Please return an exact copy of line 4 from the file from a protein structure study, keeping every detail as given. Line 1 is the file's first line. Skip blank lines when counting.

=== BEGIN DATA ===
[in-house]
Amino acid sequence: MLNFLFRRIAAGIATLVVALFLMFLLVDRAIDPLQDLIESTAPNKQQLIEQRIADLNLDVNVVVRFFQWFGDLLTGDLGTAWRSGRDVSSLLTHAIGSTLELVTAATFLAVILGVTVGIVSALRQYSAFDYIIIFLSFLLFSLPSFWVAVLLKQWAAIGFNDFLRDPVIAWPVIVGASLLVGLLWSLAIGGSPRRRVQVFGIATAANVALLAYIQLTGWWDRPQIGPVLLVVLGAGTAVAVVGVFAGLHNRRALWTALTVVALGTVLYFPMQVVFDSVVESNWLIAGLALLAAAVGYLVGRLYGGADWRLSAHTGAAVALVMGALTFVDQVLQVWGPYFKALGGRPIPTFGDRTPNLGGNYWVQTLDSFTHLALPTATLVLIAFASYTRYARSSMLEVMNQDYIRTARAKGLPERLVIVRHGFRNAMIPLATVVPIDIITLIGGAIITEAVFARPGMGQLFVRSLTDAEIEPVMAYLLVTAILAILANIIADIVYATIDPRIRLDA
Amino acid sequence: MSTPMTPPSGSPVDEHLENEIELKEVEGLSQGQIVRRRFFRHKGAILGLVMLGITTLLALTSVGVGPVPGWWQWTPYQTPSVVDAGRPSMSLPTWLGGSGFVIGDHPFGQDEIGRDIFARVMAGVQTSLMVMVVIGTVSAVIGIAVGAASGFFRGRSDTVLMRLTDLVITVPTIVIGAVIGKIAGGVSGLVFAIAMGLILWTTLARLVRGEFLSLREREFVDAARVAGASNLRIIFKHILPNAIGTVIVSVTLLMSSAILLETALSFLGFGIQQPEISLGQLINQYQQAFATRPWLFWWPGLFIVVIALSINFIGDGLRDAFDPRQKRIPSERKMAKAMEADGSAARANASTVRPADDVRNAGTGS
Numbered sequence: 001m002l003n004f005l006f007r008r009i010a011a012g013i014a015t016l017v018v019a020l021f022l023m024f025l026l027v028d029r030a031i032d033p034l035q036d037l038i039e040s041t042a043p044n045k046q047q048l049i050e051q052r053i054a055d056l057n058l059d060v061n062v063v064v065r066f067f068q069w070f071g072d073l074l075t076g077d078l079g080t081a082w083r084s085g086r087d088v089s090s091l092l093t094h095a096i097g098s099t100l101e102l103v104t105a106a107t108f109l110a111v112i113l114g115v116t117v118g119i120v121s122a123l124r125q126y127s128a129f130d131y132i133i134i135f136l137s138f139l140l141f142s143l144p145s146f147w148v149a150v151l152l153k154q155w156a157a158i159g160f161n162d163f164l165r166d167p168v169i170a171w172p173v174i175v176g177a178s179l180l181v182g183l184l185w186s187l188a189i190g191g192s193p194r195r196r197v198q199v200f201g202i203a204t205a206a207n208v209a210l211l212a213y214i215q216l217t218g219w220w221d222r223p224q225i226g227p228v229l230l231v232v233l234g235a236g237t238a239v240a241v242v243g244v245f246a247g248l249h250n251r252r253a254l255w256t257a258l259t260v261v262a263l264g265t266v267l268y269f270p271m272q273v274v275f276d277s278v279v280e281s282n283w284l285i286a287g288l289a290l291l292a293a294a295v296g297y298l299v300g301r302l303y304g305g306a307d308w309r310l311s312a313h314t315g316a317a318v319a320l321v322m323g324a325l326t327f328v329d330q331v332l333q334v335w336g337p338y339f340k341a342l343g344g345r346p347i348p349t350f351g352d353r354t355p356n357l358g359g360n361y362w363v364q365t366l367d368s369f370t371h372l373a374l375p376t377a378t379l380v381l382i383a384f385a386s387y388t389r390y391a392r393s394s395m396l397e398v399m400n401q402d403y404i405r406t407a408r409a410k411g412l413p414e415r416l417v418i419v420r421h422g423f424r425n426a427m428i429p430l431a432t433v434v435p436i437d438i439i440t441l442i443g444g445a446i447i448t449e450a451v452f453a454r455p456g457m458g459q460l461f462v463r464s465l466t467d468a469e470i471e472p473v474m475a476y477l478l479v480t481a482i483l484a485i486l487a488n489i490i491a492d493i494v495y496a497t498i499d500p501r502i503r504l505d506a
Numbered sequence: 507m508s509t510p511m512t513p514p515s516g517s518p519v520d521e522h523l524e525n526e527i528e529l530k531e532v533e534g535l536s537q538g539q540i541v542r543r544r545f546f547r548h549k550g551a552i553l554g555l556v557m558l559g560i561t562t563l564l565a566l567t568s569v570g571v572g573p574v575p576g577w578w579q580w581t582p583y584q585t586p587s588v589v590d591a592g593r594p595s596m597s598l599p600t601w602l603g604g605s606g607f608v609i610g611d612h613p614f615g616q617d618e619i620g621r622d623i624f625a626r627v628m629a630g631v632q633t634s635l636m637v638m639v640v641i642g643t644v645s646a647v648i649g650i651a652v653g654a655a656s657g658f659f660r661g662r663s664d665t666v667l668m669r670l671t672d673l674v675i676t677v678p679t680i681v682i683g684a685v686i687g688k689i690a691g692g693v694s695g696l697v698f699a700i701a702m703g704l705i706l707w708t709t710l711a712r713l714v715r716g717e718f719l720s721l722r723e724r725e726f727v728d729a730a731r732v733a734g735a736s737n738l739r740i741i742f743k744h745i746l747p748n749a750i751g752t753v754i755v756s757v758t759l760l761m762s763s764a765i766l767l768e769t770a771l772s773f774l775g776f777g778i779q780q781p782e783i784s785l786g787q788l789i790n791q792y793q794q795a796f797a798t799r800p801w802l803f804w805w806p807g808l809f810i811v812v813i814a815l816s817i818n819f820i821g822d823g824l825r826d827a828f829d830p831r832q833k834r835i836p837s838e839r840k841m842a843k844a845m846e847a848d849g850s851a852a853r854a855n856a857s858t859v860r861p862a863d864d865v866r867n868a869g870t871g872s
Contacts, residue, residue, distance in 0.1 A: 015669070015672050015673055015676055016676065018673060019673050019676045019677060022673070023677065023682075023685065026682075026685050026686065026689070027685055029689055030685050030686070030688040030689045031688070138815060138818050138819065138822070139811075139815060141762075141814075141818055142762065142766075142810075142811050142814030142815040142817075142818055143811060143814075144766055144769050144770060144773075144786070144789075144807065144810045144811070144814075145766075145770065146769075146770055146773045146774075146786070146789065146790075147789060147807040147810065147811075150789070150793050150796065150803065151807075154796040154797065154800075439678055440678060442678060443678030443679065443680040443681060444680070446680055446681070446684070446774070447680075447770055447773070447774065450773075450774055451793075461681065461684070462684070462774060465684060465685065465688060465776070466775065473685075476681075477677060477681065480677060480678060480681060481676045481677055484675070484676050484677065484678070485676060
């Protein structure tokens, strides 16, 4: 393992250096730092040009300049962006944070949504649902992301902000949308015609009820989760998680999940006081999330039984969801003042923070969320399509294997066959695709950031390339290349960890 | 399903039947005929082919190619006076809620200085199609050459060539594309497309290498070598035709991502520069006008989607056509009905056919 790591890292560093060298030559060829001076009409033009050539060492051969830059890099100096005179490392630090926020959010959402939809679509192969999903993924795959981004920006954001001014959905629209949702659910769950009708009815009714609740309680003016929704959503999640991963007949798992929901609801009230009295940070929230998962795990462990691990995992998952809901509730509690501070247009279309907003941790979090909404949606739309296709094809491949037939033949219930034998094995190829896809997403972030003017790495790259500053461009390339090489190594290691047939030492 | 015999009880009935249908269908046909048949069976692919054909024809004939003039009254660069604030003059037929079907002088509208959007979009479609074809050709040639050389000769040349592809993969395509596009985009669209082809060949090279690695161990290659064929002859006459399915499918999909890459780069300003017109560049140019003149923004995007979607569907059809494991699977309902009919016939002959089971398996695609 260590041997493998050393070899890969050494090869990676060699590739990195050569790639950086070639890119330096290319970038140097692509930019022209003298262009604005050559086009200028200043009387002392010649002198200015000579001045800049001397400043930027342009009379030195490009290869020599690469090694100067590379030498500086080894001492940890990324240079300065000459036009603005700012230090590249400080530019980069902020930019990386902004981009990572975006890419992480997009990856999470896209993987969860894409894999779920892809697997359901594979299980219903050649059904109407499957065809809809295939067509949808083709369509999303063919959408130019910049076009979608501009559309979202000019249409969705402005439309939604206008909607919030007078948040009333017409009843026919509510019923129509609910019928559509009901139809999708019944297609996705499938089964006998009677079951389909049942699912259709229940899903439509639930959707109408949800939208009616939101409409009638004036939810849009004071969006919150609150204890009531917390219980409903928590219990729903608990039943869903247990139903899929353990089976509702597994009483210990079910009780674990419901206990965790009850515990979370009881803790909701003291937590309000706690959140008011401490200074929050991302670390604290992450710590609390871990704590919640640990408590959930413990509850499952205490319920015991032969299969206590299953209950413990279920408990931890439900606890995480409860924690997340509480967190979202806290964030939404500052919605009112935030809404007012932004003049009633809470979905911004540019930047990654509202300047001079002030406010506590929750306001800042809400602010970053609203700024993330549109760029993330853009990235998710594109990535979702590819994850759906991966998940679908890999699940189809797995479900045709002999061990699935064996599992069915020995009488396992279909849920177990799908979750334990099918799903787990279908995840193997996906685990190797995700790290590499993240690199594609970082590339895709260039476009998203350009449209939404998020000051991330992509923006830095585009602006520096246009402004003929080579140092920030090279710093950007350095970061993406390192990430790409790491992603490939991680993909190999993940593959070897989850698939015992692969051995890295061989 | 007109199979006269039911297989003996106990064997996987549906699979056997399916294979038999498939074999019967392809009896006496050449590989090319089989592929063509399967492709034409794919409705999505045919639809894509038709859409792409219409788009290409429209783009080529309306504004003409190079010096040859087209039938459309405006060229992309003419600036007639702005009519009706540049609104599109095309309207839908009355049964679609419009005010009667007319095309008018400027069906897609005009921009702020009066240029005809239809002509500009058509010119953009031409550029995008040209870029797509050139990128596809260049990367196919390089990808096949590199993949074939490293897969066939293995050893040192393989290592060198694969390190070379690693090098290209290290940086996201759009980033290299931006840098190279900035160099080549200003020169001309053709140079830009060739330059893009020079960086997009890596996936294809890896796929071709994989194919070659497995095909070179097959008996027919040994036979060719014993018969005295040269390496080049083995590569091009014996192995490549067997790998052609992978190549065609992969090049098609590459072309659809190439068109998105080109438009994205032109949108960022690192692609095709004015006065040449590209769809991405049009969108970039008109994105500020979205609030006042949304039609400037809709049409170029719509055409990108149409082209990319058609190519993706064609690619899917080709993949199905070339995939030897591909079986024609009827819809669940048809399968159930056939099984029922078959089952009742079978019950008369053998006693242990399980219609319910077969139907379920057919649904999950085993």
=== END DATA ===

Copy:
Numbered sequence: 001m002l003n004f005l006f007r008r009i010a011a012g013i014a015t016l017v018v019a020l021f022l023m024f025l026l027v028d029r030a031i032d033p034l035q036d037l038i039e040s041t042a043p044n045k046q047q048l049i050e051q052r053i054a055d056l057n058l059d060v061n062v063v064v065r066f067f068q069w070f071g072d073l074l075t076g077d078l079g080t081a082w083r084s085g086r087d088v089s090s091l092l093t094h095a096i097g098s099t100l101e102l103v104t105a106a107t108f109l110a111v112i113l114g115v116t117v118g119i120v121s122a123l124r125q126y127s128a129f130d131y132i133i134i135f136l137s138f139l140l141f142s143l144p145s146f147w148v149a150v151l152l153k154q155w156a157a158i159g160f161n162d163f164l165r166d167p168v169i170a171w172p173v174i175v176g177a178s179l180l181v182g183l184l185w186s187l188a189i190g191g192s193p194r195r196r197v198q199v200f201g202i203a204t205a206a207n208v209a210l211l212a213y214i215q216l217t218g219w220w221d222r223p224q225i226g227p228v229l230l231v232v233l234g235a236g237t238a239v240a241v242v243g244v245f246a247g248l249h250n251r252r253a254l255w256t257a258l259t260v261v262a263l264g265t266v267l268y269f270p271m272q273v274v275f276d277s278v279v280e281s282n283w284l285i286a287g288l289a290l291l292a293a294a295v296g297y298l299v300g301r302l303y304g305g306a307d308w309r310l311s312a313h314t315g316a317a318v319a320l321v322m323g324a325l326t327f328v329d330q331v332l333q334v335w336g337p338y339f340k341a342l343g344g345r346p347i348p349t350f351g352d353r354t355p356n357l358g359g360n361y362w363v364q365t366l367d368s369f370t371h372l373a374l375p376t377a378t379l380v381l382i383a384f385a386s387y388t389r390y391a392r393s394s395m396l397e398v399m400n401q402d403y404i405r406t407a408r409a410k411g412l413p414e415r416l417v418i419v420r421h422g423f424r425n426a427m428i429p430l431a432t433v434v435p436i437d438i439i440t441l442i443g444g445a446i447i448t449e450a451v452f453a454r455p456g457m458g459q460l461f462v463r464s465l466t467d468a469e470i471e472p473v474m475a476y477l478l479v480t481a482i483l484a485i486l487a488n489i490i491a492d493i494v495y496a497t498i499d500p501r502i503r504l505d506a